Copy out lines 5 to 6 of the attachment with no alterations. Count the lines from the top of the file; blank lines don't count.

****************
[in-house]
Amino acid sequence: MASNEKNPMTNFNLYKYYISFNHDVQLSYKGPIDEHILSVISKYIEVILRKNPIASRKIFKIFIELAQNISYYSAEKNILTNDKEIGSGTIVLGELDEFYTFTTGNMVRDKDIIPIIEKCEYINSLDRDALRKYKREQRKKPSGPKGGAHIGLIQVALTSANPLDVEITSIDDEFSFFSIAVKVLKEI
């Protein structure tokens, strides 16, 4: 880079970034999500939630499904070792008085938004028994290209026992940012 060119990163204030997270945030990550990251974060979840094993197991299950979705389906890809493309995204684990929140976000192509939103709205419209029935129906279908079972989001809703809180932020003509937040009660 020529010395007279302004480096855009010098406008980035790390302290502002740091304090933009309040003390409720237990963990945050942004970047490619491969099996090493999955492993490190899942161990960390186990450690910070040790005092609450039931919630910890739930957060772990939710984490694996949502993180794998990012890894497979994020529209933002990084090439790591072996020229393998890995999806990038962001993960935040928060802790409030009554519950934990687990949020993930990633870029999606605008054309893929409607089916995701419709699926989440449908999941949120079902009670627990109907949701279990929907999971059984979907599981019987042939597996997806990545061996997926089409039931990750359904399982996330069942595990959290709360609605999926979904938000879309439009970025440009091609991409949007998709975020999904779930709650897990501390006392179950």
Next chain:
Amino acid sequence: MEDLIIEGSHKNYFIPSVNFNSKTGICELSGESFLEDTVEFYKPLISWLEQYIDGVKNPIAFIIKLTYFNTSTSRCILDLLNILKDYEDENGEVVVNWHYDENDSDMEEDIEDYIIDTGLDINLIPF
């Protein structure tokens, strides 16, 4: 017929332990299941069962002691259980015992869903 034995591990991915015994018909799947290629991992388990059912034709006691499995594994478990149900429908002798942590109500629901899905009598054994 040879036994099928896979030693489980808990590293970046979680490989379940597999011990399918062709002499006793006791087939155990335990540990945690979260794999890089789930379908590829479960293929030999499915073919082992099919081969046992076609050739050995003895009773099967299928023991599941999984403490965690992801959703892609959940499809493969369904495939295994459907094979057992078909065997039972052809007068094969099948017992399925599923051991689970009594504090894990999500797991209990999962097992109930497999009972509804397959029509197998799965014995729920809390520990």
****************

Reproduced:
Amino acid sequence: MEDLIIEGSHKNYFIPSVNFNSKTGICELSGESFLEDTVEFYKPLISWLEQYIDGVKNPIAFIIKLTYFNTSTSRCILDLLNILKDYEDENGEVVVNWHYDENDSDMEEDIEDYIIDTGLDINLIPF
């Protein structure tokens, strides 16, 4: 017929332990299941069962002691259980015992869903 034995591990991915015994018909799947290629991992388990059912034709006691499995594994478990149900429908002798942590109500629901899905009598054994 040879036994099928896979030693489980808990590293970046979680490989379940597999011990399918062709002499006793006791087939155990335990540990945690979260794999890089789930379908590829479960293929030999499915073919082992099919081969046992076609050739050995003895009773099967299928023991599941999984403490965690992801959703892609959940499809493969369904495939295994459907094979057992078909065997039972052809007068094969099948017992399925599923051991689970009594504090894990999500797991209990999962097992109930497999009972509804397959029509197998799965014995729920809390520990």